What if you were told that there was a dynamic, structured youth program that offered Canadian youth a variety of interesting and challenging activities?
What if you were told that this same program developed in youth an increased level of self-confidence, self-esteem and self-awareness?
Join Canada’s BEST youth organization today!
The Royal Canadian Air Cadets offers a dynamic and engaging program for youth age 12-18. Activities include, aviation, flying, music, sports, leadership, citizenship, and many more rewarding once in a lifetime opportunities for youth.
Cadets are motivated to improve their physical fitness, to work harder at their academic studies and to give back to their communities through volunteerism and citizenship activities.
The Cadet Program also has a direct impact on Canadian society as a whole. Cadets have the opportunity to take part in various leadership roles throughout the program. There is definite value in having well-rounded, community-minded, experienced young people who are ready to assume their places as tomorrow’s leaders and decision makers.
NOTE: The last day for new member registrations is 27 March 2019. Applications will not be accepted after the deadline and will reopen September 2019.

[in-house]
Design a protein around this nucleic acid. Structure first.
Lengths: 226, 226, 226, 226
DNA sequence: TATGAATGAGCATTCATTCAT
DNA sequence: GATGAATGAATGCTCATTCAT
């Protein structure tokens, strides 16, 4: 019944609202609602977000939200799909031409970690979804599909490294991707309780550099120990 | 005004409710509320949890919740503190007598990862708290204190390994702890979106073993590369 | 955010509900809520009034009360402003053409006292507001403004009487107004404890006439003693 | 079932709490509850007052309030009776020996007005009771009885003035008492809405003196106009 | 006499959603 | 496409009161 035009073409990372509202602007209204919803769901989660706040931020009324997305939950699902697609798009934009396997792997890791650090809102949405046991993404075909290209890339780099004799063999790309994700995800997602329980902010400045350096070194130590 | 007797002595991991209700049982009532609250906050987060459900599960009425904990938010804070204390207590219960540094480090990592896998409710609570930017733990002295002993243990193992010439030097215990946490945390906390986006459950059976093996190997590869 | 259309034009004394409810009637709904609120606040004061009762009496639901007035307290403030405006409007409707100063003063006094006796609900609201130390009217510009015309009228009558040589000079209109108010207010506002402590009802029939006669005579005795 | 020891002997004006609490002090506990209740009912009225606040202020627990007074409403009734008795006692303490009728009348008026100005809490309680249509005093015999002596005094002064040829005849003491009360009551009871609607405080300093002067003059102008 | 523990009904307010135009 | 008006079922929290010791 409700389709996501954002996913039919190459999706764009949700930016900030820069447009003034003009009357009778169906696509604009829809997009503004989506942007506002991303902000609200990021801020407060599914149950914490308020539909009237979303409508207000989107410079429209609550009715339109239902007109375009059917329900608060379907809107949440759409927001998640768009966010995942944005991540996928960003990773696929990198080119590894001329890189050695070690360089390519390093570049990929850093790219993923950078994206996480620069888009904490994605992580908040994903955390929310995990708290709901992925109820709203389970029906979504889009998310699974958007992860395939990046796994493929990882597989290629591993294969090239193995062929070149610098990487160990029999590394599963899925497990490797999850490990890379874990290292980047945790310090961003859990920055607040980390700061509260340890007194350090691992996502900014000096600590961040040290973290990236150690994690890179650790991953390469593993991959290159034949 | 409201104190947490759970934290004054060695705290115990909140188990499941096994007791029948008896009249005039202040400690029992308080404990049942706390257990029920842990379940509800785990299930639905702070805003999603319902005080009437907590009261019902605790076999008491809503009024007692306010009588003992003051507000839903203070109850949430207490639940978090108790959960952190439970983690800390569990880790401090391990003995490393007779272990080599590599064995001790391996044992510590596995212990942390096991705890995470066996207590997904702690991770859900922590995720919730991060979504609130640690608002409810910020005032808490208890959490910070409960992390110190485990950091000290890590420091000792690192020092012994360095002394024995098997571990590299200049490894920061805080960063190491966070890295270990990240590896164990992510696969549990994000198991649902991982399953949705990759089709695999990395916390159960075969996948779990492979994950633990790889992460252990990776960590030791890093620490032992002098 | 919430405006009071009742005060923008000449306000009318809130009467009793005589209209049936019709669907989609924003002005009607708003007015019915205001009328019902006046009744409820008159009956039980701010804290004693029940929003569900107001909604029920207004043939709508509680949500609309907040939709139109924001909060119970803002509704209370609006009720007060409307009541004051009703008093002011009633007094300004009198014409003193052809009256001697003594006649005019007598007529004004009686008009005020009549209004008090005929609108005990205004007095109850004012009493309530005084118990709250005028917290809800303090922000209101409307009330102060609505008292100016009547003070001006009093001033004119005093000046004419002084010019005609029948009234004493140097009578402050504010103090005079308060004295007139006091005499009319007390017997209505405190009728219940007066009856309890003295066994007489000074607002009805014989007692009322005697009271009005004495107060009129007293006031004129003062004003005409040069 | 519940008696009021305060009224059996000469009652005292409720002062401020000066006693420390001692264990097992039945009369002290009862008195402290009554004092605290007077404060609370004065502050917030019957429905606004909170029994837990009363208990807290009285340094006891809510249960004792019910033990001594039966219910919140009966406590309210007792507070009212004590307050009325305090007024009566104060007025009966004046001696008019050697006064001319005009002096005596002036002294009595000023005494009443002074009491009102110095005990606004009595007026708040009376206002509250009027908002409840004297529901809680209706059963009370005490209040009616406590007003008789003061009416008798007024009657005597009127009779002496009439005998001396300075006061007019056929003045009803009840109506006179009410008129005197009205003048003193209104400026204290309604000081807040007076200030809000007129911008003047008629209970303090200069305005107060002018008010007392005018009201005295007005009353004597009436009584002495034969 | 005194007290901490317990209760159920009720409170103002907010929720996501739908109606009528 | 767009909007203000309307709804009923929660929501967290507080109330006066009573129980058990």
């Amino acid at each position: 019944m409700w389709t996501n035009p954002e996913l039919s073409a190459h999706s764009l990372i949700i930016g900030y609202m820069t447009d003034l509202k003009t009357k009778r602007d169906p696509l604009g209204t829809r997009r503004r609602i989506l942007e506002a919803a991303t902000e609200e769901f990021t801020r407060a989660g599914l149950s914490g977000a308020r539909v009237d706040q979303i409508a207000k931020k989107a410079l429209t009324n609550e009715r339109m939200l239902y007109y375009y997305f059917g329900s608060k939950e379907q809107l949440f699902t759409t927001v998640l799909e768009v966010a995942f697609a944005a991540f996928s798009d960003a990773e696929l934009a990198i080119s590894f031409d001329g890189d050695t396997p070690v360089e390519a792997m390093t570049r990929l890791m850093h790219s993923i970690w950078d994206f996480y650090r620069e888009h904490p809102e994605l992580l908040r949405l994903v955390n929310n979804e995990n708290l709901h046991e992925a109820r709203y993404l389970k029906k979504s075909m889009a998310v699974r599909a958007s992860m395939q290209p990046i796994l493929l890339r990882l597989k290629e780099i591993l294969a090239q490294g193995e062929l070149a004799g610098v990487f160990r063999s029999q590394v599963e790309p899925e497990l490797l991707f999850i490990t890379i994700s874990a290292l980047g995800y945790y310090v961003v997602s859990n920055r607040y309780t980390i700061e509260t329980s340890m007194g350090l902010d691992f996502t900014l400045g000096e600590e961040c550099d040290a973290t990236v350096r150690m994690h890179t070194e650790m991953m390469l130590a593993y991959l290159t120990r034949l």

Follow the 3 steps below to become a member in the best Canadian youth organization!
Frequently Asked Questions
How do I join?
Show up to our local headquarters (LHQ) on most Wednesday nights between September to June between 7pm and 9pm to receive more information about our exciting program. Check out our calendar to make sure that we're parading that night.
You will be given an application package (online version below) and a tour of some of our squadron activities. Bring your health card and birth certificate when you arrive and you’ll be on your way to enrolling in Canada’s best youth organization. To ensure a prompt enrolment process, you are strongly encouraged to complete the below application package and bring it with you on your visit to the squadron.
For safety and security reasons, we ask that new recruits and family members do not enter the squadron office during operational hours.
Who can join?
To be eligible as a cadet, one must:
- be a legal resident of Canada; NOTE: A legal resident of Canada is a Canadian citizen, a landed immigrant, or, the dependant of a person who is lawfully residing in Canada on a temporary basis for the purpose of education or employment. provide proof of provincial health insurance coverage or equivalent;
- be at least 12 years of age;
- not have attained 19 years of age;
- normally be in good physical condition;
- not belong to another corps or squadron; and
- be acceptable to the Commanding Officer (CO) of the cadet corps or squadron.
How much does it cost?
The Cadet Program is funded by the Department of National Defence in partnership with the civilian Navy League, Army Cadet League and Air Cadet League of Canada. The civilian sponsor requires local community support to meet its obligations that include accommodations, training aids and equipment, and program enhancements not otherwise provided. Parents and Cadets are expected to participate in and contribute to fundraising as required by the League’s local sponsoring element. Cadets of 330 Squadron are expected to pay an annual $135 administration fee which covers the payment of one lottery book to help raise funds to cover the cots of some of these activities.